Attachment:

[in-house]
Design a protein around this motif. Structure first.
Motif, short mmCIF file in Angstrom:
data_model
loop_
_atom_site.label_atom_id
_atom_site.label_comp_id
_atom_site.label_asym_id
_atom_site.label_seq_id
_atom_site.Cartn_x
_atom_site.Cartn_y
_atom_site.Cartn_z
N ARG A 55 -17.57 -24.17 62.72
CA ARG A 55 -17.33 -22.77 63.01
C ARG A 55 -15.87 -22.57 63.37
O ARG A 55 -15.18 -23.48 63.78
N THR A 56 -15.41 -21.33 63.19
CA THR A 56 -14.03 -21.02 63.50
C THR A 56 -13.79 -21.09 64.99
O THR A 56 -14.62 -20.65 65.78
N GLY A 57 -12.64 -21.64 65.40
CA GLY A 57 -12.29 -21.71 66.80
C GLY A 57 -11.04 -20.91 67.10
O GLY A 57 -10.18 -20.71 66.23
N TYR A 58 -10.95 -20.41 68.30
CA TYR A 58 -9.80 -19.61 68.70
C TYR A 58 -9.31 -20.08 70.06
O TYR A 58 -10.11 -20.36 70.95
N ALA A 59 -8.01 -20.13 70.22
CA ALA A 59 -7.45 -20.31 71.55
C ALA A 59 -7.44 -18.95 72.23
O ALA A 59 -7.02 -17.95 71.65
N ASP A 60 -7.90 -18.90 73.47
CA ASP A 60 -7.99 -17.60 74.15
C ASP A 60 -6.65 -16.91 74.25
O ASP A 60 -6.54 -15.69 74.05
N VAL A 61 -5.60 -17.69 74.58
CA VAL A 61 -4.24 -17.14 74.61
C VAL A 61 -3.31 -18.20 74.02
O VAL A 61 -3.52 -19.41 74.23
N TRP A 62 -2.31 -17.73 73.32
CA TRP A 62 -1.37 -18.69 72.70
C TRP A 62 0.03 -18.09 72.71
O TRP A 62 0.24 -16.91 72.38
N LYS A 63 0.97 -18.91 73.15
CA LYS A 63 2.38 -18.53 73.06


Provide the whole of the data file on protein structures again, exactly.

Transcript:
[in-house]
Design a protein around this motif. Structure first.
Motif, short mmCIF file in Angstrom:
data_model
loop_
_atom_site.label_atom_id
_atom_site.label_comp_id
_atom_site.label_asym_id
_atom_site.label_seq_id
_atom_site.Cartn_x
_atom_site.Cartn_y
_atom_site.Cartn_z
N ARG A 55 -17.57 -24.17 62.72
CA ARG A 55 -17.33 -22.77 63.01
C ARG A 55 -15.87 -22.57 63.37
O ARG A 55 -15.18 -23.48 63.78
N THR A 56 -15.41 -21.33 63.19
CA THR A 56 -14.03 -21.02 63.50
C THR A 56 -13.79 -21.09 64.99
O THR A 56 -14.62 -20.65 65.78
N GLY A 57 -12.64 -21.64 65.40
CA GLY A 57 -12.29 -21.71 66.80
C GLY A 57 -11.04 -20.91 67.10
O GLY A 57 -10.18 -20.71 66.23
N TYR A 58 -10.95 -20.41 68.30
CA TYR A 58 -9.80 -19.61 68.70
C TYR A 58 -9.31 -20.08 70.06
O TYR A 58 -10.11 -20.36 70.95
N ALA A 59 -8.01 -20.13 70.22
CA ALA A 59 -7.45 -20.31 71.55
C ALA A 59 -7.44 -18.95 72.23
O ALA A 59 -7.02 -17.95 71.65
N ASP A 60 -7.90 -18.90 73.47
CA ASP A 60 -7.99 -17.60 74.15
C ASP A 60 -6.65 -16.91 74.25
O ASP A 60 -6.54 -15.69 74.05
N VAL A 61 -5.60 -17.69 74.58
CA VAL A 61 -4.24 -17.14 74.61
C VAL A 61 -3.31 -18.20 74.02
O VAL A 61 -3.52 -19.41 74.23
N TRP A 62 -2.31 -17.73 73.32
CA TRP A 62 -1.37 -18.69 72.70
C TRP A 62 0.03 -18.09 72.71
O TRP A 62 0.24 -16.91 72.38
N LYS A 63 0.97 -18.91 73.15
CA LYS A 63 2.38 -18.53 73.06